Talkeetna, the Gateway to Denali National Park in the Fall
Go a little further south to Talkeetna, Alaska (near Denali National Park), and experience fall colors at the end of August and the beginning of September.
I took the Alaska Railroad north on one of the best train routes I’ve ever been on – the Hurricane Turn Train. It’s unique because it’s a flag-stop train for the locals/homesteaders. It’s only a few cars long and will stop anywhere you want/need it to. It even backs up for wildlife sightings! A slow-moving train is a perfect place to enjoy and photograph the fall colors and wildlife.
Or do a flightseeing experience and view the fall colors from above as you soar around Denali National Park! If you don’t have time to hike into the heart of Denali National Park, you can take a plane, land in Denali on a glacier or lake, and then hike from there. I did a fall flight-seeing tour with K2 Aviation out of Talkeetna.
Be sure to stop in at the Talkeetna Roadhouse for some delicious fall homemade pies!
Where to Stay: Read Reviews of Talkeetna Roadhouse on Trip Advisor
View Fall Trees by Kayak at Eklunta Lake Near Anchorage Alaska
Moving further south about 40 minutes out of Anchorage view the fall colors as you paddle through Eklunta Lake. The long lake is fed by the nearby Eklunta Glacier. The day I did the tour was a bit overcast, but it just made the colors of the lake and the fall foliage even more vibrant. Overcast days provide a ‘light filter’ and are great for fall photography!
If you want more variety around the lake then consider the Paddle and Pedal option offered by Lifetime Adventures. You kayak out, 8 miles one-way, to the end of the lake where you then have a bike waiting for the return trip!
Take a Fall Flight to McCarthy and Wrangell St. Elias National Park
This is also a great time to visit Wrangell St. Elias National Park where for glaciers and fall colors abound. My bush flight to McCarthy and Wrangell St. Elias National Park was my favorite day of seeing and photographing the fall colors. We had a perfect day to fly, and the mountains were a vibrant display of red, yellow, green, and orange. Plus – couple that with the incredible glacier views and you have the ultimate fall-in-Alaska moment!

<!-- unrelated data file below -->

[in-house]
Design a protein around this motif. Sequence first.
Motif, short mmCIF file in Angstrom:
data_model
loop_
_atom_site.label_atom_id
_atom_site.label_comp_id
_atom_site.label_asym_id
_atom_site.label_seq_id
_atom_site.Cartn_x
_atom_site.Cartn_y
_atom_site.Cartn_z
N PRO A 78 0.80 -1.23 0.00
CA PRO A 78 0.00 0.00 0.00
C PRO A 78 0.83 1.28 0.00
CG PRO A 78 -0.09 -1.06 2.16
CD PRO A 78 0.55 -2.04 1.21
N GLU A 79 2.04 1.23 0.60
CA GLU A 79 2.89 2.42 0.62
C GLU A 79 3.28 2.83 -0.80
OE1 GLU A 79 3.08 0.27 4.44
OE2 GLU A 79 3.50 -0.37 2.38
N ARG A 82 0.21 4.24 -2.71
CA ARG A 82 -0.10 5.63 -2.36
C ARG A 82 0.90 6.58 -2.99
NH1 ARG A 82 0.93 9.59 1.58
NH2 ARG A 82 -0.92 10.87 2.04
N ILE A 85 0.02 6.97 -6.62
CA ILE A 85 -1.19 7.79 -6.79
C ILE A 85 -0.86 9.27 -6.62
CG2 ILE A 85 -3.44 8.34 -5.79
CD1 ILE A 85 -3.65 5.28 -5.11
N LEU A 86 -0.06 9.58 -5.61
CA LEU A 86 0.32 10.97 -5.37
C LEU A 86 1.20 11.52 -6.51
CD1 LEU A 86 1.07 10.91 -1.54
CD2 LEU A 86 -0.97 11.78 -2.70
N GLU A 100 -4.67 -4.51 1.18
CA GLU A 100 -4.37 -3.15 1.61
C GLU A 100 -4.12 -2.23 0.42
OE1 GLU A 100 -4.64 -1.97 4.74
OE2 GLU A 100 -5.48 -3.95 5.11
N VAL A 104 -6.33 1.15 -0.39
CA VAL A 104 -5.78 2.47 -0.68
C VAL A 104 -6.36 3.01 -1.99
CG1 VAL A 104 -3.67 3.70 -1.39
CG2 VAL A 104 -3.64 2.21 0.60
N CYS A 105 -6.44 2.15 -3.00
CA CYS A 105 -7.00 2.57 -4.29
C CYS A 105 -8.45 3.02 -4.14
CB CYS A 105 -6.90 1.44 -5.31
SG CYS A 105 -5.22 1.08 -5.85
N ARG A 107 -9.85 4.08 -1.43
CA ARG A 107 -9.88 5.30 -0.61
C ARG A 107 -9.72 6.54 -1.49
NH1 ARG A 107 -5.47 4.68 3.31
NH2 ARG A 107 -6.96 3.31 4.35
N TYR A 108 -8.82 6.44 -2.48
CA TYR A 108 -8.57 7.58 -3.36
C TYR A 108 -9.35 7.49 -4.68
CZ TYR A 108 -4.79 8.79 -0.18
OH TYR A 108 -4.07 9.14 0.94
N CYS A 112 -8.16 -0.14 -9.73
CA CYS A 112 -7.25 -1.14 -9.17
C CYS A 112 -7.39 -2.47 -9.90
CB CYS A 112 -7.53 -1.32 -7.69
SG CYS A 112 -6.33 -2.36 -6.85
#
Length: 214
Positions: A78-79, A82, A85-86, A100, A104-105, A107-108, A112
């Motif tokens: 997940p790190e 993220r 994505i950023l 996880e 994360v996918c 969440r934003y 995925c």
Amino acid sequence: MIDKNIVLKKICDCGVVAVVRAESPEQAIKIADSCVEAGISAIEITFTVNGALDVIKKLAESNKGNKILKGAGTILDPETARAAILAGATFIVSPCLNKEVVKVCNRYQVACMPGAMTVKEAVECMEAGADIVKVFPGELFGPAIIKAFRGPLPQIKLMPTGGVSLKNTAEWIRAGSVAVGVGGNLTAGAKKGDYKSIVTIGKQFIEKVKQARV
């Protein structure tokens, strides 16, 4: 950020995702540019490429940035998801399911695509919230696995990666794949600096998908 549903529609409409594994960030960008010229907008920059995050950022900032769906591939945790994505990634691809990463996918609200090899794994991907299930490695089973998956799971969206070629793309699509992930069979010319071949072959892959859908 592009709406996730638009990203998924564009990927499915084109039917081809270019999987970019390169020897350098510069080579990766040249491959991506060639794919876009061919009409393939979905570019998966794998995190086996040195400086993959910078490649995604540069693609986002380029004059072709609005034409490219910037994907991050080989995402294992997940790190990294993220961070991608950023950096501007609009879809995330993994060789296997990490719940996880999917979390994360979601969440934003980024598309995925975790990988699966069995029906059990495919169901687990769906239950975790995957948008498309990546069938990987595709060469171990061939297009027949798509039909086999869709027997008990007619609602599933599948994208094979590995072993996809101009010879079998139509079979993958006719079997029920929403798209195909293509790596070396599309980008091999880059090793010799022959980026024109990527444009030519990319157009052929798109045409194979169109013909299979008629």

In addition to the flight to McCarthy, spend time exploring the old abandoned Kennecott Mines. The old red buildings are surrounded by golden trees in the perfect fall setting. And finally, don’t miss getting on the glacier and viewing the fall colors in Alaska from atop the Root Glacier.
Mine tours and glacier tours are offered by St. Elias Alpine Guides (https://www.steliasguides.com/)
Learn about remote living and traveling in McCarthy, Alaska
Lake Clark National Park Fall Backcountry Tour
Finally, I went even further south to Lake Clark National Park, one of the least visited National Parks. There I experienced one of my best Alaska adventures; hiking and kayaking through the fall colors for 6 days in the remote wilderness of Twin Lakes. In early September, the weather was chilly, and on many mornings we woke up, got out of the tents, and were greeted by snow-dusted mountaintops.
One morning we were even greeted by a bear trying to wander around our camp – luckily our guide shooed him away!
The brilliant blue glacial lakes seemed to intensify in color each day as the tundra landscapes turned red, orange and yellow.
We even found the occasional blue; Alaska in the fall means blueberry season on the tundra!
Get more ideas of where to go in Alaska in the fall from Travel Alaska!
Check out these things to do in Anchorage in summer or winter
Traveling to Alaska in the Fall and COVID Requirements
If you intend to travel to Alaska this fall, then make sure you stay on top of the COVID-19 updates for Alaska!
Updated: 7/28/20 – Alaska has removed the quarantine requirement for travelers who can show proof of a negative pre-travel molecular-based COVID-19 test result. Travelers who can show proof of a negative test result taken within 72 hours before departure will not have to quarantine. Travelers who can show proof of a negative test result taken within 5 days of departure will not have to quarantine but will be retested at the airport.
To get the latest COVID-19 travel information check the Alaska State Website here.